WASHINGTON (AP) — Some private economists are suggesting the Treasury may have enough money on hand to pay the government's bills for another two weeks beyond an early August deadline for Congress to raise the debt ceiling. But the Obama administration insisted on Tuesday that it will run out of maneuvering room after Aug. 2.
The projection of private analysts is based on the fact that currently the government is sitting on a large amount of cash — $88.5 billion at the close of business on Monday.
Many analysts believe that this money could be used to meet obligations that are coming due if Congress doesn't raise the borrowing limit by the Aug. 2 deadline.
Economists at several financial firms, including HSBC Securities and Wrightson Research, said that the government may have enough cash on hand to make it until Aug. 15, two weeks beyond the current deadline.
HSBC economists said that Treasury might also sell some assets such as the mortgage-backed securities it obtained during the financial crisis to buy extra time.
"The actual day the Treasury might run out of cash may be closer to Aug. 15," HSBC said in a research note published Monday.
But White House spokesman Jay Carney told reporters at the White House on Tuesday that the critical date was still Aug. 2. That is the date when the Treasury Department says it will have exhausted the bookkeeping maneuvers it can use to allow the government to keep borrowing. Currently, the government has to borrow 40 cents out of every dollar it spends.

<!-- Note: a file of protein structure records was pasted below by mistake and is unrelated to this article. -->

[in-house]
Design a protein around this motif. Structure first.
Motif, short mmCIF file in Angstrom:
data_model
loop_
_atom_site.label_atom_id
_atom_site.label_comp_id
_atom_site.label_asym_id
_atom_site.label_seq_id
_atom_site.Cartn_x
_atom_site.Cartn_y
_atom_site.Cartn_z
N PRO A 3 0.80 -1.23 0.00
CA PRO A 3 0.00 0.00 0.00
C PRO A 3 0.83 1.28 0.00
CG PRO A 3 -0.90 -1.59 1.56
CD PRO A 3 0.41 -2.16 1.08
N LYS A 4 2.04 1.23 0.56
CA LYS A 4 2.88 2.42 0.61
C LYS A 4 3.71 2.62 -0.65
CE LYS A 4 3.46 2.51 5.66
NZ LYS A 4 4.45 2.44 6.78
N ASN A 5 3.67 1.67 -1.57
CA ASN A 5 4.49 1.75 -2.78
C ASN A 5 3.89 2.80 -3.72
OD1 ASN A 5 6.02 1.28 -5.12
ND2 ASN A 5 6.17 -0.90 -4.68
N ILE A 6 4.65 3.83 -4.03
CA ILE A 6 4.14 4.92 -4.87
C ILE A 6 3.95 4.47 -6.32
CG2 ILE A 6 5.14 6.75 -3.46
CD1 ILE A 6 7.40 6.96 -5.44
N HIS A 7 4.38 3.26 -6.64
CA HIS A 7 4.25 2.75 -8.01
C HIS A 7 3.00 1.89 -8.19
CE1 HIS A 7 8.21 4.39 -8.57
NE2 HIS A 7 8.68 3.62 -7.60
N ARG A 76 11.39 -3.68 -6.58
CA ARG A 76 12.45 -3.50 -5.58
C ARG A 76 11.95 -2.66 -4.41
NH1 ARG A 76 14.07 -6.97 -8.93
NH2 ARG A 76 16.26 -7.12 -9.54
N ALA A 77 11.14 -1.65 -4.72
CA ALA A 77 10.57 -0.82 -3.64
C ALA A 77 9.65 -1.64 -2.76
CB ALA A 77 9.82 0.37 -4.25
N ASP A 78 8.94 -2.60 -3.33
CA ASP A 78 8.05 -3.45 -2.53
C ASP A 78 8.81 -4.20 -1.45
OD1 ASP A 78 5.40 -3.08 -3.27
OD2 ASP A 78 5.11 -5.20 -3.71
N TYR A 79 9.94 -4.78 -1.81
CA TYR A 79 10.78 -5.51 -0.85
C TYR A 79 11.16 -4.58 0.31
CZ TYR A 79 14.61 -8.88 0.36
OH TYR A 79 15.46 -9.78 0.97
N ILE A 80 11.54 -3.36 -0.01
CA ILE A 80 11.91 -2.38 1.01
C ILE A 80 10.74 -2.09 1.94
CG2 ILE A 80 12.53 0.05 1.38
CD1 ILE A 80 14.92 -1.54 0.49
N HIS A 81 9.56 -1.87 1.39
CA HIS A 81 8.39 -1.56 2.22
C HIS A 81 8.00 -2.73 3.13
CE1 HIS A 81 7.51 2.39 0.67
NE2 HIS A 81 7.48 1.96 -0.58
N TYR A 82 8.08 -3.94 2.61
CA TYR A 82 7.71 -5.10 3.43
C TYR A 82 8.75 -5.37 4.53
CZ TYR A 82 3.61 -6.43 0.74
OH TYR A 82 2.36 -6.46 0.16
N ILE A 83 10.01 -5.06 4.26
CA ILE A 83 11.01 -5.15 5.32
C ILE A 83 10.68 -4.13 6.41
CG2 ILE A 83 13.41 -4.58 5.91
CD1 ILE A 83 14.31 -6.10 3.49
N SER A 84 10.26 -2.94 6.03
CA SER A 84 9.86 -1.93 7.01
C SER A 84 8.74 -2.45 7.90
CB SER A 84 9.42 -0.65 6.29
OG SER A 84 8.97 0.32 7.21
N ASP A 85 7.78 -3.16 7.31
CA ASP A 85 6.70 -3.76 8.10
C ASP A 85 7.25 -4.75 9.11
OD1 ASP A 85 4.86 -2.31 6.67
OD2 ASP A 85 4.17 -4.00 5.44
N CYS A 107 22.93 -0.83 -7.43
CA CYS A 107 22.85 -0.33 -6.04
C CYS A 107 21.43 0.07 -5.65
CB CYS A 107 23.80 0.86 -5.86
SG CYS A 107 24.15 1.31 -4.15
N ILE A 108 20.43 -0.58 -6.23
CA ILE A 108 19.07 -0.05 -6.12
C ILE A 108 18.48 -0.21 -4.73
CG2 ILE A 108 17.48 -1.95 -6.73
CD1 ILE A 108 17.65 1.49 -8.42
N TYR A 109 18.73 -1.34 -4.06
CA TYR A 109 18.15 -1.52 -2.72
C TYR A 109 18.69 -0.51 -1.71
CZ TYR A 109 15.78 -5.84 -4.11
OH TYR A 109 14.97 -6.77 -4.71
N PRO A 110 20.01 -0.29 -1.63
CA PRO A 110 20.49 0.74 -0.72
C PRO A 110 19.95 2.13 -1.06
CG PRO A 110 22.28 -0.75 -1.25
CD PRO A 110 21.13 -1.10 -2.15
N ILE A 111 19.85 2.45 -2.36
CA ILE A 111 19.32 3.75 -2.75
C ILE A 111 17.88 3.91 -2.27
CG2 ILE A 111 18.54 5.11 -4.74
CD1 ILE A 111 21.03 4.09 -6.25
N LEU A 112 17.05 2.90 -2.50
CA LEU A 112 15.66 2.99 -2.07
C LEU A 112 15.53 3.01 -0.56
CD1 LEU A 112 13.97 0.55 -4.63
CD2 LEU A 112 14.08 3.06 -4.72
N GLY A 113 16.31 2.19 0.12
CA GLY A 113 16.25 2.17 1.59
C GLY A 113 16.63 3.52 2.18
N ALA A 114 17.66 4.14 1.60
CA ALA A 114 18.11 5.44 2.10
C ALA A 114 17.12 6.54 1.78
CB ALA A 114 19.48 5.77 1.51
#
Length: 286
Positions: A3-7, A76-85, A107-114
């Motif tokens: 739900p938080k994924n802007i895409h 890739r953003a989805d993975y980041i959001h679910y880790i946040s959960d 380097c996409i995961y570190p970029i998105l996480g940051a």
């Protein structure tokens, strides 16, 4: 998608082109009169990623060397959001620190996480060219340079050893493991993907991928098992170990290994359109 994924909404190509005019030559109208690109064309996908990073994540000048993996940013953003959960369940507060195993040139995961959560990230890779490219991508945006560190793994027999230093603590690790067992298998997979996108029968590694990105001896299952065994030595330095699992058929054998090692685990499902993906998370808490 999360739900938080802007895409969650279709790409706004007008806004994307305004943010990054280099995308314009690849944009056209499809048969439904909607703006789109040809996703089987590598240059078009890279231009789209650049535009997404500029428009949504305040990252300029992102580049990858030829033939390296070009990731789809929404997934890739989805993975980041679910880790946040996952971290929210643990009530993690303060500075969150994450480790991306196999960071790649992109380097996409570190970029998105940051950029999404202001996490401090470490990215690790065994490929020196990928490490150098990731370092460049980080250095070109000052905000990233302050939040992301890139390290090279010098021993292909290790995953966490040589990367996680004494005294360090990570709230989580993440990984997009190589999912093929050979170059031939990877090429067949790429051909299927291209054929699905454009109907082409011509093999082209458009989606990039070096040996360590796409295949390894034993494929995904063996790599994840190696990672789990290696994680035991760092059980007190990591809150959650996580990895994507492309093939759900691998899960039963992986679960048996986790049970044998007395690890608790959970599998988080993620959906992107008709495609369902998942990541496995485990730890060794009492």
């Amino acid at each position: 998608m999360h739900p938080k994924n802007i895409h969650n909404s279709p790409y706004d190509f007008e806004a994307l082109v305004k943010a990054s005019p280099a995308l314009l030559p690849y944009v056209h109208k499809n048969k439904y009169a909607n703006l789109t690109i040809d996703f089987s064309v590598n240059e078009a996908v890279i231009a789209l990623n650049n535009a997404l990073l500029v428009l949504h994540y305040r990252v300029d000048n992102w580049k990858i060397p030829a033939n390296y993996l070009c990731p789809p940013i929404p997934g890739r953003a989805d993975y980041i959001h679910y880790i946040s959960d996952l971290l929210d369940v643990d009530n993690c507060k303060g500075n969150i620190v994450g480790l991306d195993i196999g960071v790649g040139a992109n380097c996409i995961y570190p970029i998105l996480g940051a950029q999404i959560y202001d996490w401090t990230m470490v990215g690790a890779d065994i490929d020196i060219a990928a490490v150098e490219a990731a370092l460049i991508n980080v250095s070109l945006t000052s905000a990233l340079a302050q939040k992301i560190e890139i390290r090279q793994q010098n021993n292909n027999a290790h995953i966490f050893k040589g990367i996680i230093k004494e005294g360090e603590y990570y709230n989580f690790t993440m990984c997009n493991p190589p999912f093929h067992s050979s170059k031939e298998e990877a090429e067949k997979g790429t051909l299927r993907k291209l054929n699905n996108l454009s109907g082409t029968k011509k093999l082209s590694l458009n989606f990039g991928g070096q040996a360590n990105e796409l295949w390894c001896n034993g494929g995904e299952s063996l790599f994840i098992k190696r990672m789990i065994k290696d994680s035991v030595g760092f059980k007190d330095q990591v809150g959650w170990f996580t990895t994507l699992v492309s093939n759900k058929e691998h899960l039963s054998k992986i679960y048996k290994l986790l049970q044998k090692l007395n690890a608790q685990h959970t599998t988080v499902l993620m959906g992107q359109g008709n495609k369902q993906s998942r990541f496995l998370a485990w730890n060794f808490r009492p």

Carney said the Aug. 2 date was "not a guess. It's not a political opinion. It is the judgment of career analysts at the Treasury Department. Beyond that date, we lose our capacity to borrow. ... And the result of that risks default for the United States for the first time in our history."
Carney told reporters that officials at Treasury are having discussions with the Office of Management and Budget and the Federal Reserve on what steps could be taken to "manage this impossible situation" if the debt limit is not raised by the deadline. However, he did not provide any specifics and he said the administration continued to believe Congress would act in time.
"Time is running out," Carney said. "So while we remain confident ... we also understand some of the anxiety out there because we are pushing this to the last minute."
Mark Zandi, chief economist at Moody's Analytics, said the administration was being prudent in urging Congress to move while the government still had room to borrow under the current $14.3 trillion debt limit.
He said that the government's current cash on hand and money it expects to collect in August would probably be enough to buy a few more days of time. But he said the risk of miscalculating and missing an interest payment on the debt would also be rising, given the uncertainty of government cash flows.
"When the car is running on fumes, you don't know precisely when it will stop. It could be in the next block or five blocks down the road," Zandi said. "The risks of prolonging the debt debate and prompting a downgrade of the country's credit rating are significant."